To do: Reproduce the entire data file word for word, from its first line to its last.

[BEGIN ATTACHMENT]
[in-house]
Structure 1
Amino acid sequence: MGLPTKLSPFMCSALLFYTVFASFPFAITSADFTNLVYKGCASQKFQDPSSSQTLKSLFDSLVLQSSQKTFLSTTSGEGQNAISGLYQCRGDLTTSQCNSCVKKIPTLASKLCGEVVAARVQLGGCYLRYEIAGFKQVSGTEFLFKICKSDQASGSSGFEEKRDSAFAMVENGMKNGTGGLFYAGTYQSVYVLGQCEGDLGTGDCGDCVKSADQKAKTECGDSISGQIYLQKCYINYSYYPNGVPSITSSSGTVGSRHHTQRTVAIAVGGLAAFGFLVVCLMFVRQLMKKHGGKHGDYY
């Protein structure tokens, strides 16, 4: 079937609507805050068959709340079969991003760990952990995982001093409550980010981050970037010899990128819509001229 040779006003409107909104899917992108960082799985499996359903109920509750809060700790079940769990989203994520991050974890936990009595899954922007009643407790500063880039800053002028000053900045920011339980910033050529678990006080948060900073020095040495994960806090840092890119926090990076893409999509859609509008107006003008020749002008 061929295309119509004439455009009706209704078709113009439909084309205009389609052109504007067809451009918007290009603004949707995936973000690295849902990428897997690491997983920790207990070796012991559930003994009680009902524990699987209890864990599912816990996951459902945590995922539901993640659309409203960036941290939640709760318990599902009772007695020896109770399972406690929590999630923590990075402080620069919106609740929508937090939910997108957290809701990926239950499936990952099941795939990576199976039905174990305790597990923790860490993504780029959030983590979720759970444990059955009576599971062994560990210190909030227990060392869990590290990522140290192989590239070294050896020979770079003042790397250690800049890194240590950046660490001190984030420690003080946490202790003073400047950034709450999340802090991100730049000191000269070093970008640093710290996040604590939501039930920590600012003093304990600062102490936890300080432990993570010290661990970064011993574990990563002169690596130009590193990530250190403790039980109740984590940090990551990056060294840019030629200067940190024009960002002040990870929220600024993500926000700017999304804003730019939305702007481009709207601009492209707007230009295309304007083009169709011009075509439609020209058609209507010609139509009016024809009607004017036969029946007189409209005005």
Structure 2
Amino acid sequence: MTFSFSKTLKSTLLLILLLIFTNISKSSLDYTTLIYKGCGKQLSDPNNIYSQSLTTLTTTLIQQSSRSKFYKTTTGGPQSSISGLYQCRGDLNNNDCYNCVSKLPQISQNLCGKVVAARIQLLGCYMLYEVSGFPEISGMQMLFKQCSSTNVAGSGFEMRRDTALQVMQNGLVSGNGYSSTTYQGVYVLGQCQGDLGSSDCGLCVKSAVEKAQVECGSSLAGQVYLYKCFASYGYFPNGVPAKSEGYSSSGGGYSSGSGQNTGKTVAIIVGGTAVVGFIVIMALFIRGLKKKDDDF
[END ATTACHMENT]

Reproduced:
[in-house]
Structure 1
Amino acid sequence: MGLPTKLSPFMCSALLFYTVFASFPFAITSADFTNLVYKGCASQKFQDPSSSQTLKSLFDSLVLQSSQKTFLSTTSGEGQNAISGLYQCRGDLTTSQCNSCVKKIPTLASKLCGEVVAARVQLGGCYLRYEIAGFKQVSGTEFLFKICKSDQASGSSGFEEKRDSAFAMVENGMKNGTGGLFYAGTYQSVYVLGQCEGDLGTGDCGDCVKSADQKAKTECGDSISGQIYLQKCYINYSYYPNGVPSITSSSGTVGSRHHTQRTVAIAVGGLAAFGFLVVCLMFVRQLMKKHGGKHGDYY
């Protein structure tokens, strides 16, 4: 079937609507805050068959709340079969991003760990952990995982001093409550980010981050970037010899990128819509001229 040779006003409107909104899917992108960082799985499996359903109920509750809060700790079940769990989203994520991050974890936990009595899954922007009643407790500063880039800053002028000053900045920011339980910033050529678990006080948060900073020095040495994960806090840092890119926090990076893409999509859609509008107006003008020749002008 061929295309119509004439455009009706209704078709113009439909084309205009389609052109504007067809451009918007290009603004949707995936973000690295849902990428897997690491997983920790207990070796012991559930003994009680009902524990699987209890864990599912816990996951459902945590995922539901993640659309409203960036941290939640709760318990599902009772007695020896109770399972406690929590999630923590990075402080620069919106609740929508937090939910997108957290809701990926239950499936990952099941795939990576199976039905174990305790597990923790860490993504780029959030983590979720759970444990059955009576599971062994560990210190909030227990060392869990590290990522140290192989590239070294050896020979770079003042790397250690800049890194240590950046660490001190984030420690003080946490202790003073400047950034709450999340802090991100730049000191000269070093970008640093710290996040604590939501039930920590600012003093304990600062102490936890300080432990993570010290661990970064011993574990990563002169690596130009590193990530250190403790039980109740984590940090990551990056060294840019030629200067940190024009960002002040990870929220600024993500926000700017999304804003730019939305702007481009709207601009492209707007230009295309304007083009169709011009075509439609020209058609209507010609139509009016024809009607004017036969029946007189409209005005």
Structure 2
Amino acid sequence: MTFSFSKTLKSTLLLILLLIFTNISKSSLDYTTLIYKGCGKQLSDPNNIYSQSLTTLTTTLIQQSSRSKFYKTTTGGPQSSISGLYQCRGDLNNNDCYNCVSKLPQISQNLCGKVVAARIQLLGCYMLYEVSGFPEISGMQMLFKQCSSTNVAGSGFEMRRDTALQVMQNGLVSGNGYSSTTYQGVYVLGQCQGDLGSSDCGLCVKSAVEKAQVECGSSLAGQVYLYKCFASYGYFPNGVPAKSEGYSSSGGGYSSGSGQNTGKTVAIIVGGTAVVGFIVIMALFIRGLKKKDDDF